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Report suspected side effects to help make medicines safer

10 November 2016

The Medicines and Healthcare products Regulatory Agency (MHRA) is running a social media campaign between 7-11 November to promote reporting of suspected side effects, as part of an EU-wide awareness week.

Medicines have the potential to harm as well as cure. While they are usually safe and effective, side effects can happen. It is important that the associated risks are understood and communicated to health professionals and patients.

Regulators like MHRA rely on the reporting of suspected side effects to make sure medicines on the market are acceptably safe. Unfortunately, all reporting systems suffer from underreporting, and this is why their campaign is important to both raise awareness and help strengthen the system.

At the centre of the campaign is an animation showing the story of a patient who has a suspected adverse reaction. It shows the medicine being taken, a suspected side effect being experienced, how reports are made by patients or healthcare professionals to the medicines regulator, and how this benefits future patients.

Alongside other safety information, reporting has contributed to the withdrawal of an obesity medicine, the warning that patients taking warfarin should limit or avoid drinking cranberry juice, and, in many EU countries, the advice not to prescribe aspirin to children virtually eliminated cases of Reye’s syndrome, a serious and often fatal condition that causes swelling in the liver and brain.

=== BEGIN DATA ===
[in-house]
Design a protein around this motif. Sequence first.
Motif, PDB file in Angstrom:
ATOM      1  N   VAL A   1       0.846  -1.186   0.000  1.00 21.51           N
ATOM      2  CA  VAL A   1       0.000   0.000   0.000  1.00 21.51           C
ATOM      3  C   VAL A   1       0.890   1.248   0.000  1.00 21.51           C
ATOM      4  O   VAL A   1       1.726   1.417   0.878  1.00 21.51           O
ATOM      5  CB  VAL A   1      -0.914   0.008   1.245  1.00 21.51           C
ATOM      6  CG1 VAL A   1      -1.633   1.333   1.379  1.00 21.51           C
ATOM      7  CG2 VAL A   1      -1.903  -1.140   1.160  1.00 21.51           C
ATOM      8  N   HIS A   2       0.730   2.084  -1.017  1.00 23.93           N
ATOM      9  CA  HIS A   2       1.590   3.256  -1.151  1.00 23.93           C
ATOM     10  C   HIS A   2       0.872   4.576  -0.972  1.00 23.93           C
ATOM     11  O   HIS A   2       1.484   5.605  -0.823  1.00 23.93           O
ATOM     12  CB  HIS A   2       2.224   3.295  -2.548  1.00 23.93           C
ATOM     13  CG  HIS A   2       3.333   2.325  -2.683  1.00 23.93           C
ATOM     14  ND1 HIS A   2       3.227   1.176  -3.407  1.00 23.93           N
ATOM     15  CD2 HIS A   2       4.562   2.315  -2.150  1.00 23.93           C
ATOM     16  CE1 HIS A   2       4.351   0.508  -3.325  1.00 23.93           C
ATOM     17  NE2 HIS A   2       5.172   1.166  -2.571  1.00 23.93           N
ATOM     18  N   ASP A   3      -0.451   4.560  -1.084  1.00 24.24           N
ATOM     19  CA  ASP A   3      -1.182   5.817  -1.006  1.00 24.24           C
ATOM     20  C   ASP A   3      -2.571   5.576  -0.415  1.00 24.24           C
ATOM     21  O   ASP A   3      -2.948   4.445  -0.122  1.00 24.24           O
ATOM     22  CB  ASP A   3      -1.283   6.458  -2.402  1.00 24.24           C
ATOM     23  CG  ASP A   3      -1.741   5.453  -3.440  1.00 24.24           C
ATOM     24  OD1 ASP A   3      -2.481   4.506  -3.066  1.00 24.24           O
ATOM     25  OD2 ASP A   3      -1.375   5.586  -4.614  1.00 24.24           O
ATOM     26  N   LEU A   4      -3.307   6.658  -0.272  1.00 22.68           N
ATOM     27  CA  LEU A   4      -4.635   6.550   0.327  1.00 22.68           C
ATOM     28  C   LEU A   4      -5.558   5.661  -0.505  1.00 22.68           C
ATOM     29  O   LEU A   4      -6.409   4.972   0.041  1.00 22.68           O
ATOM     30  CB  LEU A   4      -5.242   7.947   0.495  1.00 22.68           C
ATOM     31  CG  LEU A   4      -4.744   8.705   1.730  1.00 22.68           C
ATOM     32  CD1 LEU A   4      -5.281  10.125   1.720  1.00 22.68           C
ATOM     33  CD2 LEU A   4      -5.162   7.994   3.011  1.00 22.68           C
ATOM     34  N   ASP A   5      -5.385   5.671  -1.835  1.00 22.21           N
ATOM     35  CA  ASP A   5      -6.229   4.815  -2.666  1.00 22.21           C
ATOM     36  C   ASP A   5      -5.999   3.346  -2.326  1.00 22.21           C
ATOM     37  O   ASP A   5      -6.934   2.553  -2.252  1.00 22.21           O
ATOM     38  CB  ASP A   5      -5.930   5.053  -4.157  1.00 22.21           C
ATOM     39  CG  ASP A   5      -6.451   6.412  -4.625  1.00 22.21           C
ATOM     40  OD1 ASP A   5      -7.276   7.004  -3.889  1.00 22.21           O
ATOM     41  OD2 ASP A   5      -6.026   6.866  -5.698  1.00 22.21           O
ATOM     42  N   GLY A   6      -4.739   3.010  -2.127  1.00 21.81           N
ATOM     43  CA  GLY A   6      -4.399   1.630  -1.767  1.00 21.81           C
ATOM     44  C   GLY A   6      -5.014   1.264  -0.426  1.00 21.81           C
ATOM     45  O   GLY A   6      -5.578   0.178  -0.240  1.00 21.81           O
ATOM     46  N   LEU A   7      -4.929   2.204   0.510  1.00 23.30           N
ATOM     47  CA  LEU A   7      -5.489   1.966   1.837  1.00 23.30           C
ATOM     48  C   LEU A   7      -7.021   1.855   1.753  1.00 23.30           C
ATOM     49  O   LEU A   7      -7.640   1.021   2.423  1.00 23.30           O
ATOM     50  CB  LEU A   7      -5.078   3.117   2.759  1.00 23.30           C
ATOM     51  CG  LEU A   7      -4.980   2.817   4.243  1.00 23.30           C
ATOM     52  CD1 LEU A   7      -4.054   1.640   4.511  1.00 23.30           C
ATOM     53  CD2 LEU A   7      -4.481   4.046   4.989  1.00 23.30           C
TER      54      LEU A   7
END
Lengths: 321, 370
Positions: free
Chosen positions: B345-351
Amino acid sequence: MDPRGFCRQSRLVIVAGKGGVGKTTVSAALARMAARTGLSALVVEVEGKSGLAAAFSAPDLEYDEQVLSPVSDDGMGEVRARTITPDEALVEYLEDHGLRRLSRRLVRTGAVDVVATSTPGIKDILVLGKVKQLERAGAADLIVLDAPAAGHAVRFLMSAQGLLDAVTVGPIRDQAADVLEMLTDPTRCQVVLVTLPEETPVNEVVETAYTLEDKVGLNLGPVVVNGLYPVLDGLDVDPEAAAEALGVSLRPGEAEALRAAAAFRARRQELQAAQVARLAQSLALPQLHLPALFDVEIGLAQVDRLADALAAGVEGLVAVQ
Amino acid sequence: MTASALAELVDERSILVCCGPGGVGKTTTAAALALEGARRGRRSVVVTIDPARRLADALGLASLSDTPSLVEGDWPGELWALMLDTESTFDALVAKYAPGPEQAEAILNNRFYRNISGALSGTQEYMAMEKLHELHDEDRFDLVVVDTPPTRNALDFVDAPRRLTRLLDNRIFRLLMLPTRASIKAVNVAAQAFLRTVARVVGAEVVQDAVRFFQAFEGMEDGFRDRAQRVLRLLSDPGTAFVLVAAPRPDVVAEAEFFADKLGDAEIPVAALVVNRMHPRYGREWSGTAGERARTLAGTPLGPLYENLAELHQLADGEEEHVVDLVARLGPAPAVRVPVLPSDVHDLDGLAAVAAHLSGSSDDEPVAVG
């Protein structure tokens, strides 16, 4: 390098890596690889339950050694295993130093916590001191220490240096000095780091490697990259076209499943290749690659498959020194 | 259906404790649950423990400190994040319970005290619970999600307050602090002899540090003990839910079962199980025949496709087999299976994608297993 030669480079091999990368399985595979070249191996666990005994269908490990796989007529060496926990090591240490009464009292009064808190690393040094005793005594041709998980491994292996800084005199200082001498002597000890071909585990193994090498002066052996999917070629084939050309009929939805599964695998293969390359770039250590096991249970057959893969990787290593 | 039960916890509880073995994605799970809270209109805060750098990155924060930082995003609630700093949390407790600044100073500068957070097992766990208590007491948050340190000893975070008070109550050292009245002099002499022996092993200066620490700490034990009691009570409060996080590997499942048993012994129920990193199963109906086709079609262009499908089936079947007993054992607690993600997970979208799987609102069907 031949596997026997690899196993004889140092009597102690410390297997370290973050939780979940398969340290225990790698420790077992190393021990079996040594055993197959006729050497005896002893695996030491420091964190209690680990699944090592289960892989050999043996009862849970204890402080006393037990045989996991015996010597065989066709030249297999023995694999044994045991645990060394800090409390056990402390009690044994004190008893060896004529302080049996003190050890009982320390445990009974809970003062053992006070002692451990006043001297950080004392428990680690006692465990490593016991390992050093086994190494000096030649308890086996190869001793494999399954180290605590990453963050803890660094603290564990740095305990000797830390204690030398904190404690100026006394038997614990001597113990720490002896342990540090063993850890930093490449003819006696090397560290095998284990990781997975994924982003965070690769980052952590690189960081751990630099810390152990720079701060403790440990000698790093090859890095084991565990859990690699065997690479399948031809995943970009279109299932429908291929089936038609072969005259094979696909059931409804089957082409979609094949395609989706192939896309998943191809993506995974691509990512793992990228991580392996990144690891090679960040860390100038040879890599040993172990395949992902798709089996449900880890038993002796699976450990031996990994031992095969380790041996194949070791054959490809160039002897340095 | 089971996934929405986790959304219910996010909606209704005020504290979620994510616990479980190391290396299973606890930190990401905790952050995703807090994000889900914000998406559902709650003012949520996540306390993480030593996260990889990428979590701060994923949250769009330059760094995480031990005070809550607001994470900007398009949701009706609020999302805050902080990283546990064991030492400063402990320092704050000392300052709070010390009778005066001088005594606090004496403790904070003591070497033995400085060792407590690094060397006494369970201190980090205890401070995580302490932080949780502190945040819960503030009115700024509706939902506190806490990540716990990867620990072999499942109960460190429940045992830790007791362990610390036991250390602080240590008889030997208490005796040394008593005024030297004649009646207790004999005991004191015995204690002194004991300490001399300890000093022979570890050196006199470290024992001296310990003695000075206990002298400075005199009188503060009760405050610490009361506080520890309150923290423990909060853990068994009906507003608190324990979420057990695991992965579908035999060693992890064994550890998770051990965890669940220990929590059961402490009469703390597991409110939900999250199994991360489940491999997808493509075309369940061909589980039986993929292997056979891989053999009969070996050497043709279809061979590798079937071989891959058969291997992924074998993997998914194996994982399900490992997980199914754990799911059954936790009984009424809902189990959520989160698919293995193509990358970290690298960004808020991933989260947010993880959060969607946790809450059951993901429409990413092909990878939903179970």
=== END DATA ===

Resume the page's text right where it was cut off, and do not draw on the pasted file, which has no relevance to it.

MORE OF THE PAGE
Mick Foy, group manager for MHRA’s Vigilance and Risk Management of Medicines division said:

“The most important part of our work is making sure the medicines you and your family take are effective and acceptably safe.

“Our campaign will help the public, patients and healthcare professionals report potential side effects and have confidence that their reports are making a difference.

“You can help make medicines safer by reporting any suspected side effects easily and quickly through our Yellow Card Scheme online or via the mobile app.”

The campaign is part of the Strengthening Collaboration for Operating Pharmacovigilance in Europe (SCOPE) Joint Action project. One of its main aims is to raise awareness of national reporting systems for suspected side effects in medicines. 22 member states are taking part in the combined cross-European social media campaign.

To learn more about the campaign please visit MHRA online.